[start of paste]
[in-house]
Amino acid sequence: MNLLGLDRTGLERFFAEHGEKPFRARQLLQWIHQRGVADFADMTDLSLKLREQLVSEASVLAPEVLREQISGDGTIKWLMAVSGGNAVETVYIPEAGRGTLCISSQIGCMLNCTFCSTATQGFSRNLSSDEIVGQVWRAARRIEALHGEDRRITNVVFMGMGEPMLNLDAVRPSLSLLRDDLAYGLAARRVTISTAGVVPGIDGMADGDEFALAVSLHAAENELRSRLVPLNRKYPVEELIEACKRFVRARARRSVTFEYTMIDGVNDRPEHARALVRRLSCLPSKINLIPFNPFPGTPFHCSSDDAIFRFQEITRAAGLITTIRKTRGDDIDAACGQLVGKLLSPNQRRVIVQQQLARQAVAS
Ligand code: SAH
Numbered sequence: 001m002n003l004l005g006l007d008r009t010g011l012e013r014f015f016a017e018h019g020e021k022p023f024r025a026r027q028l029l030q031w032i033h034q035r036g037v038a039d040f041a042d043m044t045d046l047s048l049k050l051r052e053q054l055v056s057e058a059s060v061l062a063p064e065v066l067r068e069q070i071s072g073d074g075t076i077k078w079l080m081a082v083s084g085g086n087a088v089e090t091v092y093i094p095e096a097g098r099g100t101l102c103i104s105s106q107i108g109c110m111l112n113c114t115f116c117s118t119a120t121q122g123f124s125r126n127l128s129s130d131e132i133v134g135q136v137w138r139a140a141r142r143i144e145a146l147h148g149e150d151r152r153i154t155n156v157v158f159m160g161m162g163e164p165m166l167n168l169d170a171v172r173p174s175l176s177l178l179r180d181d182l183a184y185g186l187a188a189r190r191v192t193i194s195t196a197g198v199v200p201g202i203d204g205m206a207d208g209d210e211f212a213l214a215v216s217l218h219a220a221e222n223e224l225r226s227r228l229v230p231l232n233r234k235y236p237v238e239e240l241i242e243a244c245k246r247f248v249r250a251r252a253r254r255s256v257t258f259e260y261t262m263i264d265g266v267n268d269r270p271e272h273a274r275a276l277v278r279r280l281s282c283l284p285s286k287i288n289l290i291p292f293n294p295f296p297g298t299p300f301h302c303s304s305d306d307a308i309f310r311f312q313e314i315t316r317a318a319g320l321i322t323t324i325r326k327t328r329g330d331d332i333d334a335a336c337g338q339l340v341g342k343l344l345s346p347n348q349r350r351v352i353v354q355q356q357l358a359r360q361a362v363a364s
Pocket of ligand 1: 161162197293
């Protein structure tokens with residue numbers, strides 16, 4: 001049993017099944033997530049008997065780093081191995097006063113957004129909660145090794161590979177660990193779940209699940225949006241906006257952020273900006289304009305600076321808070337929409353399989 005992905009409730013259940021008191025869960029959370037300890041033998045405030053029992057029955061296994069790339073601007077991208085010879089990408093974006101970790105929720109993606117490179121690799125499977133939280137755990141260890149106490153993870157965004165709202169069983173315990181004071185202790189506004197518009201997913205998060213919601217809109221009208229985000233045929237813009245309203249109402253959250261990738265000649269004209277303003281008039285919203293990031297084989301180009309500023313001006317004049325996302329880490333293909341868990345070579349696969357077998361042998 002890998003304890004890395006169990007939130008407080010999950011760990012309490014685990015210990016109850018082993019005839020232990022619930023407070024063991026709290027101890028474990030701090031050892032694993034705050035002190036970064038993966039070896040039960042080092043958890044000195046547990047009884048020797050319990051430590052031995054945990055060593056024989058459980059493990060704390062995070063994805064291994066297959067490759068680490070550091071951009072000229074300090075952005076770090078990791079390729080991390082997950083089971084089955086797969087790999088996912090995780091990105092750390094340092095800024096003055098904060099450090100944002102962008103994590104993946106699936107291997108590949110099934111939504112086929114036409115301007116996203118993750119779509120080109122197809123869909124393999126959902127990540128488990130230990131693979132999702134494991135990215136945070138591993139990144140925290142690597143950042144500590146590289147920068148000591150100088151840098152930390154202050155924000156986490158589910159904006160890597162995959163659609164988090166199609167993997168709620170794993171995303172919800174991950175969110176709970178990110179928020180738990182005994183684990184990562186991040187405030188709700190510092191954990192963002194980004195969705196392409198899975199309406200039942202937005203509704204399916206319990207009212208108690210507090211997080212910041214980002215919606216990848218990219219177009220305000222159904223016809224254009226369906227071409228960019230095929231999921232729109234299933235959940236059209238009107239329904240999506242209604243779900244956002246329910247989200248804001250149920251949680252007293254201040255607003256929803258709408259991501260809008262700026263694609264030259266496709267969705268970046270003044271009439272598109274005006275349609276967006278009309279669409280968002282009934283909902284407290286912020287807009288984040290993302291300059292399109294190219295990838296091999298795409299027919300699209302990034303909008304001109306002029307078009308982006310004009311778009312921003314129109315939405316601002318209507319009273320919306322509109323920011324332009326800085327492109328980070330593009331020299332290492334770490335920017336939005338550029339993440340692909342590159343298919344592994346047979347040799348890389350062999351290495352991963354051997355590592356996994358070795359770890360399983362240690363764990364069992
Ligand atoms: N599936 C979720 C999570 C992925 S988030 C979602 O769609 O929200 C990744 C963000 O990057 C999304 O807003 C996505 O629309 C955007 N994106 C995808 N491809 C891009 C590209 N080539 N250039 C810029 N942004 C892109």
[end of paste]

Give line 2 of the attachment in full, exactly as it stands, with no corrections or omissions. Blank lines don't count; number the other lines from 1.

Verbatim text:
Amino acid sequence: MNLLGLDRTGLERFFAEHGEKPFRARQLLQWIHQRGVADFADMTDLSLKLREQLVSEASVLAPEVLREQISGDGTIKWLMAVSGGNAVETVYIPEAGRGTLCISSQIGCMLNCTFCSTATQGFSRNLSSDEIVGQVWRAARRIEALHGEDRRITNVVFMGMGEPMLNLDAVRPSLSLLRDDLAYGLAARRVTISTAGVVPGIDGMADGDEFALAVSLHAAENELRSRLVPLNRKYPVEELIEACKRFVRARARRSVTFEYTMIDGVNDRPEHARALVRRLSCLPSKINLIPFNPFPGTPFHCSSDDAIFRFQEITRAAGLITTIRKTRGDDIDAACGQLVGKLLSPNQRRVIVQQQLARQAVAS